State insurance panel: Switch coverage ‘navigators’
The Arkansas Health Insurance Marketplace should solicit a new set of contracts from organizations that will help people enroll for individual coverage during the open-enrollment period that starts Nov. 1, a state panel recommended Wednesday.
On behalf of the marketplace, the Boston-based Public Consulting Group hired two organizations that provided 15 outreach workers, known as navigators, from Oct. 1 through June 30.
The consulting firm paid the organizations, Enroll the Ridge of Jonesboro and Future Builders of Wrightsville, a total of $552,000 and was then reimbursed by the marketplace from fees the marketplace began collecting from insurers in December.
That arrangement allowed the navigators to start work in time to help people enroll during last year’s enrollment period, which ran from Nov. 1 through Jan. 31.
Before it started collecting the fee, the marketplace’s only source of funding was from a federal grant that could not be used to pay the navigators.
At a meeting Tuesday of the marketplace board’s Consumer Assistance Committee, marketplace spokesman Alicia McCoy said that Public Consulting Group, which did not charge a fee for administering the navigator contracts, did not want to continue its role in the arrangement.
“It’s not profitable for them,” she said.
The committee recommended that the board solicit proposals directly from organizations and award new contracts.
The committee didn’t say how much money should be spent, but McCoy said after the meeting that the marketplace probably will try to continue supporting 15 navigators.
Jim Miles, founder of Enroll the Ridge, said his organization plans to submit a proposal. Under its contract that ended June 30, he said, navigators fielded inquiries from about 13,000 Arkansans and helped about 10 percent of them enroll.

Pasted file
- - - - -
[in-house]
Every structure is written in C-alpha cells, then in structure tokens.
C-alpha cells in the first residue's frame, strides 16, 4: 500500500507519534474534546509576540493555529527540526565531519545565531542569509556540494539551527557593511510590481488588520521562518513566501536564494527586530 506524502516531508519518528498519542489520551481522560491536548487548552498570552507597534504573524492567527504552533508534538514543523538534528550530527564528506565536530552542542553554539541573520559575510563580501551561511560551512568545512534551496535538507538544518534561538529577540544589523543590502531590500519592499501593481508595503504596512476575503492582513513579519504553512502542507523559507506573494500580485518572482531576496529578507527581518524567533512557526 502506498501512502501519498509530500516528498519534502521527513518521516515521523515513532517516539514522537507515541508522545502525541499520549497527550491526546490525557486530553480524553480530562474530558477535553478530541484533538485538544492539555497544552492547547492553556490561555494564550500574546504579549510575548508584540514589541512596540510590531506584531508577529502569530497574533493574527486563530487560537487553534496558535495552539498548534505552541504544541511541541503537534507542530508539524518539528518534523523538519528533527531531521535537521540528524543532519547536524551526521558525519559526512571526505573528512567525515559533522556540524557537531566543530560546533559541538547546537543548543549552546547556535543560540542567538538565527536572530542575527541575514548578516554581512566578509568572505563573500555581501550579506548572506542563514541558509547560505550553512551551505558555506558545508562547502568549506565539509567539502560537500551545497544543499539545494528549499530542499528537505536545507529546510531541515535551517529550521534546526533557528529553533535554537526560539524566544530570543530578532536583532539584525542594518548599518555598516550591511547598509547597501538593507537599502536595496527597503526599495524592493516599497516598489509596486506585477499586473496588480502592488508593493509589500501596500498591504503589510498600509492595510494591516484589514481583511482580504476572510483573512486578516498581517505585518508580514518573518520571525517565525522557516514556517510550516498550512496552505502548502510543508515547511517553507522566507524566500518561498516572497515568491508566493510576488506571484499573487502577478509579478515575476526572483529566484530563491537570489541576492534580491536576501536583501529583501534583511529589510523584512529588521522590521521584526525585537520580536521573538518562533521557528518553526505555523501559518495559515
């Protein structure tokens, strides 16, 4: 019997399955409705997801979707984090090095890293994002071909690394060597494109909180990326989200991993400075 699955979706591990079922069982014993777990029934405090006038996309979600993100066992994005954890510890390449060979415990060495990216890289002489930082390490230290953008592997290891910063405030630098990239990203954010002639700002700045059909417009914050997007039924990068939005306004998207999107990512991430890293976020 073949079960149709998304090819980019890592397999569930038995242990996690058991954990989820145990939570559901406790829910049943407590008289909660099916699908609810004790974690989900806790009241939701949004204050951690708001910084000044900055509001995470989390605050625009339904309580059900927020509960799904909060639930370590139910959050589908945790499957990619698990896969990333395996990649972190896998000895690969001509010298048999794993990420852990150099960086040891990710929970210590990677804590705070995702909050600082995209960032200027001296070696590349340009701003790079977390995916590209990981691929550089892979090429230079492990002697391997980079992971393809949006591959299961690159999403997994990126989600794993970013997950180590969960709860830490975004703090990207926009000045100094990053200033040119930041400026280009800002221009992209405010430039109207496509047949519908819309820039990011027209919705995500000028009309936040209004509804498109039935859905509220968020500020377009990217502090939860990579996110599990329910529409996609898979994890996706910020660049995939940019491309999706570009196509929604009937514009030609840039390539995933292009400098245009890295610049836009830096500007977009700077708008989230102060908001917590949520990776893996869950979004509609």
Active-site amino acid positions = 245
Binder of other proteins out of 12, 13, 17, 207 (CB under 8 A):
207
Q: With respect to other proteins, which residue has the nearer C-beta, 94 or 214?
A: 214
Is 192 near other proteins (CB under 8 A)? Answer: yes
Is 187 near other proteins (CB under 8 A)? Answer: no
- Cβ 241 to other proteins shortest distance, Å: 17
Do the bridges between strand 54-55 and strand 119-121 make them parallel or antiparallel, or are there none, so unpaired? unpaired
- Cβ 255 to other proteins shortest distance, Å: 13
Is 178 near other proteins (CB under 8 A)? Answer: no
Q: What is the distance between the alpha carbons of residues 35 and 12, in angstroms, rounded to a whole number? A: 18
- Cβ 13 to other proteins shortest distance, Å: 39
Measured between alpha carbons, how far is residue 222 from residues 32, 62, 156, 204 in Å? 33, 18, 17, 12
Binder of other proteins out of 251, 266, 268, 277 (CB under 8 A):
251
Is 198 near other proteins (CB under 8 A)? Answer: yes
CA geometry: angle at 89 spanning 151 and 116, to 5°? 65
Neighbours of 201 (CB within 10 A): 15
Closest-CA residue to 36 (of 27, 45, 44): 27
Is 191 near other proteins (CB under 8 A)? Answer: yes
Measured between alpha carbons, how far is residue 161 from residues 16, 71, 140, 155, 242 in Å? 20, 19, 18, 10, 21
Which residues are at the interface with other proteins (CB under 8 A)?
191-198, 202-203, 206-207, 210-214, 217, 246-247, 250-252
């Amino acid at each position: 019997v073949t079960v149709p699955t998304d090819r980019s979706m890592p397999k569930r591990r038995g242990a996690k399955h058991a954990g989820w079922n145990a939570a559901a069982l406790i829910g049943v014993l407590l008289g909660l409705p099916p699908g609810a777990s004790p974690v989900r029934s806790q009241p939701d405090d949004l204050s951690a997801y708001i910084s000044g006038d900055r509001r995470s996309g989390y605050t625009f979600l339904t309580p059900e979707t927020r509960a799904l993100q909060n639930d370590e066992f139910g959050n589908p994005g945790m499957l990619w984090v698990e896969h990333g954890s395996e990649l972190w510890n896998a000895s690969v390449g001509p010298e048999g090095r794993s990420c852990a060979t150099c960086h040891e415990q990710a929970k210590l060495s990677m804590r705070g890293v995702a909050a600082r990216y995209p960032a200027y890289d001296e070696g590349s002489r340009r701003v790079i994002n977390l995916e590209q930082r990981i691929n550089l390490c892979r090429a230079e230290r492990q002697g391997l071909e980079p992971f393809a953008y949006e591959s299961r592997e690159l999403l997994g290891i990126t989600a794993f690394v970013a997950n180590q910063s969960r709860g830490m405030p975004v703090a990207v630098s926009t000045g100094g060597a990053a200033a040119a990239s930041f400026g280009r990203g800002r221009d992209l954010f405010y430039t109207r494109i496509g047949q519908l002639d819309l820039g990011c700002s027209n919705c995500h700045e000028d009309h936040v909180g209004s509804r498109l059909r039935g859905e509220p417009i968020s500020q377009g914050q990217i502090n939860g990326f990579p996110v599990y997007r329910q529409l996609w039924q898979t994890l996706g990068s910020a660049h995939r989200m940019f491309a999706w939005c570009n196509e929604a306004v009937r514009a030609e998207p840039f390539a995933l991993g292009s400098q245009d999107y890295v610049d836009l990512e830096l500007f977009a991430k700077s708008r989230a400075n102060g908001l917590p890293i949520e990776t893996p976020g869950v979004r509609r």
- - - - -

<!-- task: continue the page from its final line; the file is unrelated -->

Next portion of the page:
Of the 1,300 who signed up, he said, about two-thirds qualified for coverage under the state’s expanded Medicaid program, known as Arkansas Works. The rest signed up for non-Medicaid plans on the state’s health insurance exchange.
A call to Future Builders’ offices wasn’t returned on Wednesday.
Created by the state Legislature in 2013, the marketplace set up a state-run exchange for small-business health plans in 2015 using money from a $99.9 million federal grant.
At the request of Gov. Asa Hutchinson during his first year in office, the marketplace scrapped its plan to use the remaining grant money to establish an enrollment system for individual consumers.
Instead, the agency took over responsibility for certifying the plans sold on the individual exchange and providing information to consumers while continuing to rely on the federal enrollment system that allows consumers to sign up through healthcare.gov.
The 2010 Patient Protection and Affordable Care Act requires exchanges to have navigator programs and prohibits them from using exchange grants to pay for their operations.
In addition to consumers signing up during the new open-enrollment period, Arkansans who seek help from navigators could include about 60,000 people who would be moved off Arkansas Works under a proposal by Hutchinson that was endorsed by the Legislature this year.
The change, which has been submitted for federal approval, would limit Arkansas Works eligibility to adults with incomes at 100 percent of the poverty level, instead of 138 percent of the poverty level.
Most of those affected would be eligible for federal tax credits to help them buy coverage on the exchange. That assistance is available to many people who don’t qualify for Medicaid and have incomes of up to 400 percent of the poverty level.
If the state’s proposal is approved, Human Services Department officials have said they will terminate coverage for Arkansas Works recipients at a rate of about 5,000 a month starting early next year.
If the committee’s recommendation is approved by the full board at its meeting on Friday, the marketplace’s plans call for it to issue a request for proposals from navigator organizations on Monday and award contracts on Sept. 15.